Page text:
Red Bucket Farm is an urban farm on a quarter acre property in an average residential neighborhood. We are located in Wisconsin, USDA Zone 5. We focus on chickens, bees, orchard fruit, and raised garden beds for fruits and veggies. We hope to reduce our footprint on the planet by growing some of our food, reducing our use of fossil fuels, and gardening with sustainable practices. Thanks for visiting!
Thursday, November 10, 2011
Wisteria is molting. She looks horrible! Her beautiful black necklace fell out and many of her flight and tail feathers dropped. Her chest and shoulders are bare right down to her naked chicken skin. For several days, the hen house looked like there had been pillow fights in there when I went to clean in the morning. Now Wisteria is sprouting new quills which are poking through her skin. It must be uncomfortable.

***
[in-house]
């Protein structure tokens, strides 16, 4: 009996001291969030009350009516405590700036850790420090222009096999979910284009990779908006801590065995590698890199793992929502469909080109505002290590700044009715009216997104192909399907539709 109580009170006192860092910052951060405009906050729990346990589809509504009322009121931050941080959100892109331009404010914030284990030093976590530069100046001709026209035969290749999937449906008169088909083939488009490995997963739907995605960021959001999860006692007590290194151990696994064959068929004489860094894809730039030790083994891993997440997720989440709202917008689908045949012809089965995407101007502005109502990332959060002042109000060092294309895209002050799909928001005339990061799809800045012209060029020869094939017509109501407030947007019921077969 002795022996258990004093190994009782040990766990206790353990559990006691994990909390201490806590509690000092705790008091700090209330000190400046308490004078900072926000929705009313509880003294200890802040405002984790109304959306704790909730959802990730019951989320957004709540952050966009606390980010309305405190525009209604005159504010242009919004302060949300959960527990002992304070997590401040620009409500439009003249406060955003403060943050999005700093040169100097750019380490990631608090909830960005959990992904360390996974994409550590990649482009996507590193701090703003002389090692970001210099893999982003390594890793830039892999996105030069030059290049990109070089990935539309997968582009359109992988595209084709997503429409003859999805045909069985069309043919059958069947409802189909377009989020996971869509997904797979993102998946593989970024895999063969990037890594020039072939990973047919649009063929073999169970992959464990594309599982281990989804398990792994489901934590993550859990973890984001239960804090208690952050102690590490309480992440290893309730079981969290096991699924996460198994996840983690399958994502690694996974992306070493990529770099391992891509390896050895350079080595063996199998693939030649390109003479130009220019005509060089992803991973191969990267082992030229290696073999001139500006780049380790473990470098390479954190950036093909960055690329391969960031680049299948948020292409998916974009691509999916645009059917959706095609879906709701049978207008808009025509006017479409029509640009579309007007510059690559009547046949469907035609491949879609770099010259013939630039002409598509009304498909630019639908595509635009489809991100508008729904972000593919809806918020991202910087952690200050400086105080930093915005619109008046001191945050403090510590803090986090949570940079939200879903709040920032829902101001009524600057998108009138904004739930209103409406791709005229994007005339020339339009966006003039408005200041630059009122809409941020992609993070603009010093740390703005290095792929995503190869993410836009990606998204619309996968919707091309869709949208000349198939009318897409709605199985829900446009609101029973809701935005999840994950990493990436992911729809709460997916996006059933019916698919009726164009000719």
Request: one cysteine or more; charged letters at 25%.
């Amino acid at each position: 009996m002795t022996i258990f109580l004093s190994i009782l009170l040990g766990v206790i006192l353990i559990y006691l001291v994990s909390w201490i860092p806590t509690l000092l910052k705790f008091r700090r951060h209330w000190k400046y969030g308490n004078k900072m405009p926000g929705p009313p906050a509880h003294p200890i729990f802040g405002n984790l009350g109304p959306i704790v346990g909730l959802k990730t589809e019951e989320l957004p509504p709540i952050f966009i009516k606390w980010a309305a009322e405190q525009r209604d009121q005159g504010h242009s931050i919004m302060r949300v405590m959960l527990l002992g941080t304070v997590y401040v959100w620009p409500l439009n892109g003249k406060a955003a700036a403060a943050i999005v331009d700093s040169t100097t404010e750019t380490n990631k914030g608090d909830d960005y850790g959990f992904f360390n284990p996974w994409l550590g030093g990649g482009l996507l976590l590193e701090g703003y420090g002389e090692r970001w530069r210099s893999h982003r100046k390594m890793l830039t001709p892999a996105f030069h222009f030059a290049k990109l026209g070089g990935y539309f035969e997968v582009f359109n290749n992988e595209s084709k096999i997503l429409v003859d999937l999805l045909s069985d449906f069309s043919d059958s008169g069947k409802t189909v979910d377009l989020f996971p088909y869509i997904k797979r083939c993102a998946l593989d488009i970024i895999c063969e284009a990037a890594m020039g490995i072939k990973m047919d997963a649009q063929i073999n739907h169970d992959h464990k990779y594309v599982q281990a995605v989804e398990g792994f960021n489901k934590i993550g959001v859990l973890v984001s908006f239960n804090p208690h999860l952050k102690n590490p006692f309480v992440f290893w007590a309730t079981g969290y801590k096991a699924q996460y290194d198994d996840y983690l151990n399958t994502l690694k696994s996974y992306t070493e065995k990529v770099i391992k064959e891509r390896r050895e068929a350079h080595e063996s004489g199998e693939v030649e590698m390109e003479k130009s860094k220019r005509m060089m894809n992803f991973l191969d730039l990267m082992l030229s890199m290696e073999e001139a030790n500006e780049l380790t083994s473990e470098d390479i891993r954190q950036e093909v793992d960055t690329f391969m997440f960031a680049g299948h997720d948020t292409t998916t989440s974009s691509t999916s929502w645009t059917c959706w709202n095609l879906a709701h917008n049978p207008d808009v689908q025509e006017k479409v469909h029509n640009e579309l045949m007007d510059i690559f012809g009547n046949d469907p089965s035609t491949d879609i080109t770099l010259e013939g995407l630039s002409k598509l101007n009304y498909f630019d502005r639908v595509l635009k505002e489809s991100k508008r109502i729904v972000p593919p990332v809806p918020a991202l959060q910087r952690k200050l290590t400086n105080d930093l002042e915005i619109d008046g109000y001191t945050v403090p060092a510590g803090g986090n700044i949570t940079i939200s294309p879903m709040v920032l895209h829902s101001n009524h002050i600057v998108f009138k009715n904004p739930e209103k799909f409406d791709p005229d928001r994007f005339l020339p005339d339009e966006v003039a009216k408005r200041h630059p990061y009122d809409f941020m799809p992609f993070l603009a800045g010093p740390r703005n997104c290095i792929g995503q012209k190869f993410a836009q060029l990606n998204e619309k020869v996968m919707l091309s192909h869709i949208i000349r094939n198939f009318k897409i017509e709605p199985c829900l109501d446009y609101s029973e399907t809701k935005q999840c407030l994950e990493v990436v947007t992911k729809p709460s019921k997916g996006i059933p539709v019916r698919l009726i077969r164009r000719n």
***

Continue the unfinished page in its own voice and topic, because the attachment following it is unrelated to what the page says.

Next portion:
Molting arrives at a nasty time of year. I'll never understand why it's normal for chickens to molt in the fall of the year. We've had snow for the last two days and poor Wisteria never leaves the coop in her efforts to keep warm. Because growing new feathers requires so much energy, she won't be laying eggs for several weeks.
Molting is a normal process for pure breed and heritage birds like Wisteria, who is of the Wyandotte breed. My hybrid chickens (Rosie the Redstar and Hyacinth the Easter Egger) haven't been as affected by the molt. Rosie lost a patch of chest feathers over the summer, but she never stopped laying eggs. So far, Hyacinth has shown no signs of molting. Of course, the pullets won't molt until next year.
We'll try to keep Wisteria warm and dry for the next few weeks while her feathers fill in. Soon she'll be the glamour girl of the chicken yard once again.